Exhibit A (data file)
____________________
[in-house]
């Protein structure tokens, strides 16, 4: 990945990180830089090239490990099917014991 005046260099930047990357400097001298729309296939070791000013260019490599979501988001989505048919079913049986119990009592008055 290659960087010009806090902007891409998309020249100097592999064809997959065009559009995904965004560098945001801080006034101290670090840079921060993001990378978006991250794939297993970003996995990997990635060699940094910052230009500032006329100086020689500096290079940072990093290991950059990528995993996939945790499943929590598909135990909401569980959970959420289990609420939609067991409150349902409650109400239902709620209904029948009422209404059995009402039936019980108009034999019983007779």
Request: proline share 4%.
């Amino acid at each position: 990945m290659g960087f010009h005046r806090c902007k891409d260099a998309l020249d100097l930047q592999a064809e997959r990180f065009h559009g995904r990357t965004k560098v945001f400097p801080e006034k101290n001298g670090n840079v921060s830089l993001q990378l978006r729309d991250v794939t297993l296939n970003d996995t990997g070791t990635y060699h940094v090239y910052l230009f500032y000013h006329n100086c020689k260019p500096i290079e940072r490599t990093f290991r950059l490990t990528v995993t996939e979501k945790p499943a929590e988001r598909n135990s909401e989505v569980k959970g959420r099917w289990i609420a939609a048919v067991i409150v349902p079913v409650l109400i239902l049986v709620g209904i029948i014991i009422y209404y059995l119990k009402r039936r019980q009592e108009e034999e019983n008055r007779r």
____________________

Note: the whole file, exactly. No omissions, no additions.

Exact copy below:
[in-house]
């Protein structure tokens, strides 16, 4: 990945990180830089090239490990099917014991 005046260099930047990357400097001298729309296939070791000013260019490599979501988001989505048919079913049986119990009592008055 290659960087010009806090902007891409998309020249100097592999064809997959065009559009995904965004560098945001801080006034101290670090840079921060993001990378978006991250794939297993970003996995990997990635060699940094910052230009500032006329100086020689500096290079940072990093290991950059990528995993996939945790499943929590598909135990909401569980959970959420289990609420939609067991409150349902409650109400239902709620209904029948009422209404059995009402039936019980108009034999019983007779």
Request: proline share 4%.
């Amino acid at each position: 990945m290659g960087f010009h005046r806090c902007k891409d260099a998309l020249d100097l930047q592999a064809e997959r990180f065009h559009g995904r990357t965004k560098v945001f400097p801080e006034k101290n001298g670090n840079v921060s830089l993001q990378l978006r729309d991250v794939t297993l296939n970003d996995t990997g070791t990635y060699h940094v090239y910052l230009f500032y000013h006329n100086c020689k260019p500096i290079e940072r490599t990093f290991r950059l490990t990528v995993t996939e979501k945790p499943a929590e988001r598909n135990s909401e989505v569980k959970g959420r099917w289990i609420a939609a048919v067991i409150v349902p079913v409650l109400i239902l049986v709620g209904i029948i014991i009422y209404y059995l119990k009402r039936r019980q009592e108009e034999e019983n008055r007779r």